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Mother and children flee war-torn Ukraine
Photo Credit: NDTV

When measured by the word-count for my third book in progress, Year 2022 was not a productive one. All my efforts to refocus and get back on track produced only a rewrite of the Introduction and Chapter One. Two major events early in the year derailed my efforts: Russia’s invasion of Ukraine on February 24 and my reading of Deep Adaptation: Navigating the Realities of Climate Chaos (UK & USA 2021), edited by Jem Bendell and Rupert Read.

What is wrong with the Men in Power of our world!? How can we waste human energy and taxpayers’ money on war games when humanity is faced with an unraveling climate and ecological crisis? More than ever, our society needs more women in top decision-making positions worldwide. After all, we are the ones who suffer the most when calamity strikes our communities.

In my research on the creation of patriarchy and feminist consciousness, I have learned that every gain made by women over the centuries had to be won repeatedly. In June, we witnessed this reality happening once again when the Men in Power in the U.S. Supreme Court overturned Roe v. Wade, taking back the woman’s right to bodily autonomy won fifty years ago. Men in Power—and let us not forget the women who support them—never rest in their commitment to maintain the patriarchal system.

In 2022, I also expanded my research to cover the second wave of feminism (1968-1972), the role of African American women within the movement, and the current struggle of “abolition feminism” in defending incarcerated women against systemic state violence.

As a storyteller invested in the human condition, I cannot write in a vacuum. I need to make sense of what is happening in our world. The time not spent on writing has resulted in a deeper understanding of the human condition, the global patriarchal system of dominance and violence, and the challenges humanity must overcome if we are to survive as a species on Planet Earth.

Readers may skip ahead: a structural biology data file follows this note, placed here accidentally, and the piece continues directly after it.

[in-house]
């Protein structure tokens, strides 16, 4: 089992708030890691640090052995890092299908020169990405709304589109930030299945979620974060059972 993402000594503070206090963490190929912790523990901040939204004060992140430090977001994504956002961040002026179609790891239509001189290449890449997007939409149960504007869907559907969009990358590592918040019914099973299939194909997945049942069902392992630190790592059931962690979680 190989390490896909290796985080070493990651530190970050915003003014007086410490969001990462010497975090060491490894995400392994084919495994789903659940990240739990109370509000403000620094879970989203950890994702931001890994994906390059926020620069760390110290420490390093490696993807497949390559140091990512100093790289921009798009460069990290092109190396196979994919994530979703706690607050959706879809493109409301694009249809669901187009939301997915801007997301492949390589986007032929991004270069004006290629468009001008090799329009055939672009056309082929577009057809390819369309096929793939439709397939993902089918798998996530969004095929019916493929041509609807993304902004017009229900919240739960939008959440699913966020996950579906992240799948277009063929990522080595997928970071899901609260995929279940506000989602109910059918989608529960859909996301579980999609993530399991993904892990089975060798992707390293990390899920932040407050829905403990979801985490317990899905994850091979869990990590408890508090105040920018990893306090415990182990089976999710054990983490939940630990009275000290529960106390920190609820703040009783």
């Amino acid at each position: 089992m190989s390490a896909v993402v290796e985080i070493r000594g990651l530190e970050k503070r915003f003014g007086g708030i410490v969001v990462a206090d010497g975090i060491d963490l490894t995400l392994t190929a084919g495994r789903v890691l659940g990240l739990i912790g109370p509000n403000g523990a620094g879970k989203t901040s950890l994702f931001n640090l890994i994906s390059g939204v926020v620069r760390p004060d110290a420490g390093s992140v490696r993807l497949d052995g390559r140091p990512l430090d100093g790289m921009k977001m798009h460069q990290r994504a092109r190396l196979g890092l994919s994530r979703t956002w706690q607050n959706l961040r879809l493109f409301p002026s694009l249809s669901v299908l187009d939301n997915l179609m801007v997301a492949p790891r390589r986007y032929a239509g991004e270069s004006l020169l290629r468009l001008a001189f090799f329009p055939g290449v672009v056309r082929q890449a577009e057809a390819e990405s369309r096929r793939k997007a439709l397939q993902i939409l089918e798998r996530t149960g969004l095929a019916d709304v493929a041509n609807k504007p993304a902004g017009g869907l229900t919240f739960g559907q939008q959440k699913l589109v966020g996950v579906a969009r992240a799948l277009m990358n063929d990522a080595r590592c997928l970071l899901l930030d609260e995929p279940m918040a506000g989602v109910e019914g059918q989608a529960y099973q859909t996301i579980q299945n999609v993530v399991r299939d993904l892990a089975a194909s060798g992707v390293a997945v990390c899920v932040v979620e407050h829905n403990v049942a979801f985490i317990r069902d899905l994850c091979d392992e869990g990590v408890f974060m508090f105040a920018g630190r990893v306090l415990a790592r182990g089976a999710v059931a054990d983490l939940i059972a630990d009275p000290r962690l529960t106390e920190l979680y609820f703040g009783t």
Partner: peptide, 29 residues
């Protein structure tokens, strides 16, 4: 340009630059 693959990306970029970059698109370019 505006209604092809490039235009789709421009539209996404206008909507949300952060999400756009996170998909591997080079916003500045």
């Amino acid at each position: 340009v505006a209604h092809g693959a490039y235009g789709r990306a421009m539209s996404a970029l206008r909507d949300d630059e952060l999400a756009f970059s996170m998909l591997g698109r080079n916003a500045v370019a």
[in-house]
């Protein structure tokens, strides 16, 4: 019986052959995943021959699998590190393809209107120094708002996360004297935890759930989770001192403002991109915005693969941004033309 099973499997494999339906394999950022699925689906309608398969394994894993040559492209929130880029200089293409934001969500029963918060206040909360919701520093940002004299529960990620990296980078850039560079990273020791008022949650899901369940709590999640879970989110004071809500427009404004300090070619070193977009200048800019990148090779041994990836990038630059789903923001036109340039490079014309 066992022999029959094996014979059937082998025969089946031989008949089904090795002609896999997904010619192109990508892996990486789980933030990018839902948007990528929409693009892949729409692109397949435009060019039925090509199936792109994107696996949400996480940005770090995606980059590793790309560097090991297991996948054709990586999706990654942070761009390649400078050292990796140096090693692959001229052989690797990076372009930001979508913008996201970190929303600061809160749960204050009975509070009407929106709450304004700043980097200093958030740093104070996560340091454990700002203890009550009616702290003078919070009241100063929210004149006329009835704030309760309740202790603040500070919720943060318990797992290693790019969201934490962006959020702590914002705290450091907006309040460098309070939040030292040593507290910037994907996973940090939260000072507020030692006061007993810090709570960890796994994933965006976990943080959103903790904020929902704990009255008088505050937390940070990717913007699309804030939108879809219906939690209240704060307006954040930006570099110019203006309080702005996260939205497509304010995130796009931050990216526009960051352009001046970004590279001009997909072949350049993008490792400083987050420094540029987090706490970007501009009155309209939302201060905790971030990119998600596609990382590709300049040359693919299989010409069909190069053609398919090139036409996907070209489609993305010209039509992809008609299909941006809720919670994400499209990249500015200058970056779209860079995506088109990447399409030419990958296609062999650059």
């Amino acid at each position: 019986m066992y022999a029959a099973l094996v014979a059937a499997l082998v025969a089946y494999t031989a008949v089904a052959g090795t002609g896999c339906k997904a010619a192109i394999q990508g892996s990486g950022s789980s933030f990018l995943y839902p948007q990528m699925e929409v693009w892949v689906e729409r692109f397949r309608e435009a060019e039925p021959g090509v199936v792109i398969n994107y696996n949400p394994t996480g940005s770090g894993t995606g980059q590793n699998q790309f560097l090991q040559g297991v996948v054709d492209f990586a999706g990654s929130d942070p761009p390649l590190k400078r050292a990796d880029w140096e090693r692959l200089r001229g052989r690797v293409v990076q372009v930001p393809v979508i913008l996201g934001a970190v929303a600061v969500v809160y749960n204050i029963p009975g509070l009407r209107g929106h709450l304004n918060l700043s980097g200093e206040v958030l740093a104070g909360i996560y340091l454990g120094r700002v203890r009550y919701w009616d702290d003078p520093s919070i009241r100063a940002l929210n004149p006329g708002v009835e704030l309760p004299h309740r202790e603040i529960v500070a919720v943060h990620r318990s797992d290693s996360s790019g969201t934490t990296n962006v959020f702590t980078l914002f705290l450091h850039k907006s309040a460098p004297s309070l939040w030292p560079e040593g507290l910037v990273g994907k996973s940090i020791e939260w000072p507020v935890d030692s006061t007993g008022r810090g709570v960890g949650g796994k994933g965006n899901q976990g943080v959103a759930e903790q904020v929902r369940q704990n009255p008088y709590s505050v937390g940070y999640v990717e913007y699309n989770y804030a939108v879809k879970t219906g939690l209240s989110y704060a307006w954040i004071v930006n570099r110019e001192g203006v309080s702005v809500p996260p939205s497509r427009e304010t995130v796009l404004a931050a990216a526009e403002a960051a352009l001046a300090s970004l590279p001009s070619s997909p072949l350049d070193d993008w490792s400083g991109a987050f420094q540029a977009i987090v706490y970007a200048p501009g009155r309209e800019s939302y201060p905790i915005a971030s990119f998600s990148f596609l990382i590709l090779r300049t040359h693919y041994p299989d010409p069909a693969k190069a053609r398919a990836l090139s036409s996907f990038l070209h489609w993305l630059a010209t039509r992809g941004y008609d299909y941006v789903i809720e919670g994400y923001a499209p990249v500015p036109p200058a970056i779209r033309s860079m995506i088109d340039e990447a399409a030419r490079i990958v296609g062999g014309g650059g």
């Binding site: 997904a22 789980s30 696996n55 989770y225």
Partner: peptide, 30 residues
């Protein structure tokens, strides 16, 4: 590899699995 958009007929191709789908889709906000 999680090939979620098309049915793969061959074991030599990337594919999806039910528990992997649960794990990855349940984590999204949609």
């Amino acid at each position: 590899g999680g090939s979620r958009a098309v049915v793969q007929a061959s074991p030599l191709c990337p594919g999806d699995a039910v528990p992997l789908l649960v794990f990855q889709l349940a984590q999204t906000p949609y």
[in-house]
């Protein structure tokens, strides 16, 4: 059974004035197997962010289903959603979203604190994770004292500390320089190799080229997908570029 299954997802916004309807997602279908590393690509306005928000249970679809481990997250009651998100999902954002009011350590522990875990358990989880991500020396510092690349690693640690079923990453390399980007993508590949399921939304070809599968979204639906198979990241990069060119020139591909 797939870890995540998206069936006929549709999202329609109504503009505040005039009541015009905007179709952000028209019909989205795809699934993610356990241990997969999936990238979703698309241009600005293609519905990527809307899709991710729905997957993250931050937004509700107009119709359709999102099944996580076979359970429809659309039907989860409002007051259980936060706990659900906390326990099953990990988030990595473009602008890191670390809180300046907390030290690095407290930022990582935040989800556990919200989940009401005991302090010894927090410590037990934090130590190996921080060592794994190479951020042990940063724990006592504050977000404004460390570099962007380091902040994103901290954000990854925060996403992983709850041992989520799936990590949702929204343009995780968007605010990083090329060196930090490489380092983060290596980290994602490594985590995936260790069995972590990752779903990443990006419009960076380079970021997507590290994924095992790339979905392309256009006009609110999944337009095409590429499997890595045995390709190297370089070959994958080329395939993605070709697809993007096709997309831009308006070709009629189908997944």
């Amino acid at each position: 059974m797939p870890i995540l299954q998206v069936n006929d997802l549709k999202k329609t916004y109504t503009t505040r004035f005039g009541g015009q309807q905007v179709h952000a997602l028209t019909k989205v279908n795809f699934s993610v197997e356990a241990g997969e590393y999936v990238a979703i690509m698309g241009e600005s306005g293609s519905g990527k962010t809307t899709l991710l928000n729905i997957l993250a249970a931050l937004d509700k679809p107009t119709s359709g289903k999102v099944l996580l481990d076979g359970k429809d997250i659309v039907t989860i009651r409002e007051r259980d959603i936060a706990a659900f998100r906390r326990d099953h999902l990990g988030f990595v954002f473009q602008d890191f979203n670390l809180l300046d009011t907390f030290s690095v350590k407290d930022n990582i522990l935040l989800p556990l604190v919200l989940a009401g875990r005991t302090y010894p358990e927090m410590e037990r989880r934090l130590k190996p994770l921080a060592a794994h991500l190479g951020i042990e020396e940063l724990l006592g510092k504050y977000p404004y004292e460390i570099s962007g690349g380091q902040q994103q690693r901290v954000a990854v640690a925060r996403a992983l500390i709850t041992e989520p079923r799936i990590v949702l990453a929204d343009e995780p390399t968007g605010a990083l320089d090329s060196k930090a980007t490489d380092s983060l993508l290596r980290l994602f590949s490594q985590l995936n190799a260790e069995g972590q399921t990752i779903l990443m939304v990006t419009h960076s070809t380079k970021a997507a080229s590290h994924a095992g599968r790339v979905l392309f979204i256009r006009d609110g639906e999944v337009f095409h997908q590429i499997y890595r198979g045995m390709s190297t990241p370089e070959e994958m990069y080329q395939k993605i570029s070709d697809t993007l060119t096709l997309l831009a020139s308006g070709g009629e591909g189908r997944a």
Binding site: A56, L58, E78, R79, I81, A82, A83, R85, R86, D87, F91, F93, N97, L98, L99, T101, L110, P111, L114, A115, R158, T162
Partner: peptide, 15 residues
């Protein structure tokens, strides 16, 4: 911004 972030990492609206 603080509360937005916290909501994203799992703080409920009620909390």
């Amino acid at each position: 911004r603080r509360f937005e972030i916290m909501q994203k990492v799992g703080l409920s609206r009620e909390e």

My mother’s lifelong struggle for survival finally ended on August 22, 2022. Our contentious relationship, after more than thirty years of separation, led to my foray into writing as a form of self-therapy. Since the day she disowned me as her daughter, I maintained a safe distance from her caustic tongue that worsened with dementia in her final years.

When I visited her on February 6, she did not recognize me. My face mask, intended to protect her from the coronavirus, might have made recognition more difficult. At least, so I told myself.

It’s Rose, my sister told her.

She scrutinized my face. Rosie? Her tone was one of recognition. You have kind eyes, she told me.   

While my sister tidied our mother’s bedroom, I sat with her in the living room of the tiny apartment in a gated complex for senior citizens.

I’m staying down, she told me.

What do you mean, Mom?

I’m staying down, she repeated, ignoring my question.

Remember the days we had to stay down? She gazed at me. Yet, we survived.

I struggled to hold back the tears. I remembered those early days in Guyana.

The stories of women everywhere need to be told. Despite all our progress in having a voice in policies that affect our lives, we women still have a long way to go.

I must trust the writing process. The inner stillness has cleared the fog of our chaotic world. When the time is right, I will be better able to bring into sharper focus the stories of the women who have shaped my vision of the world.

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